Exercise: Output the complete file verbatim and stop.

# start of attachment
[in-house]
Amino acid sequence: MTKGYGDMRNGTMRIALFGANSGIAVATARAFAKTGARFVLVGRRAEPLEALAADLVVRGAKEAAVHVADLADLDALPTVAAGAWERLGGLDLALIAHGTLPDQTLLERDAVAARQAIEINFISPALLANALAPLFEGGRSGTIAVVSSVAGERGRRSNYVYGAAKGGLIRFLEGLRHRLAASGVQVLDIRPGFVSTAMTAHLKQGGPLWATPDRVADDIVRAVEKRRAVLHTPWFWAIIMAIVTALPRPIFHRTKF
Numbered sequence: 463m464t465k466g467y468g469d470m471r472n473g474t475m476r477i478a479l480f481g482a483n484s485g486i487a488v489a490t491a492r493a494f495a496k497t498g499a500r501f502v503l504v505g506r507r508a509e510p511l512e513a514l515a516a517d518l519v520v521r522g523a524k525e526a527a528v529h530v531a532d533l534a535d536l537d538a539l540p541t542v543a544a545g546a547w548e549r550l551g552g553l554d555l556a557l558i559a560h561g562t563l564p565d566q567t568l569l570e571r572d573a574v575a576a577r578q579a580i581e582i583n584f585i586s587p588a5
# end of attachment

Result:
[in-house]
Amino acid sequence: MTKGYGDMRNGTMRIALFGANSGIAVATARAFAKTGARFVLVGRRAEPLEALAADLVVRGAKEAAVHVADLADLDALPTVAAGAWERLGGLDLALIAHGTLPDQTLLERDAVAARQAIEINFISPALLANALAPLFEGGRSGTIAVVSSVAGERGRRSNYVYGAAKGGLIRFLEGLRHRLAASGVQVLDIRPGFVSTAMTAHLKQGGPLWATPDRVADDIVRAVEKRRAVLHTPWFWAIIMAIVTALPRPIFHRTKF
Numbered sequence: 463m464t465k466g467y468g469d470m471r472n473g474t475m476r477i478a479l480f481g482a483n484s485g486i487a488v489a490t491a492r493a494f495a496k497t498g499a500r501f502v503l504v505g506r507r508a509e510p511l512e513a514l515a516a517d518l519v520v521r522g523a524k525e526a527a528v529h530v531a532d533l534a535d536l537d538a539l540p541t542v543a544a545g546a547w548e549r550l551g552g553l554d555l556a557l558i559a560h561g562t563l564p565d566q567t568l569l570e571r572d573a574v575a576a577r578q579a580i581e582i583n584f585i586s587p588a5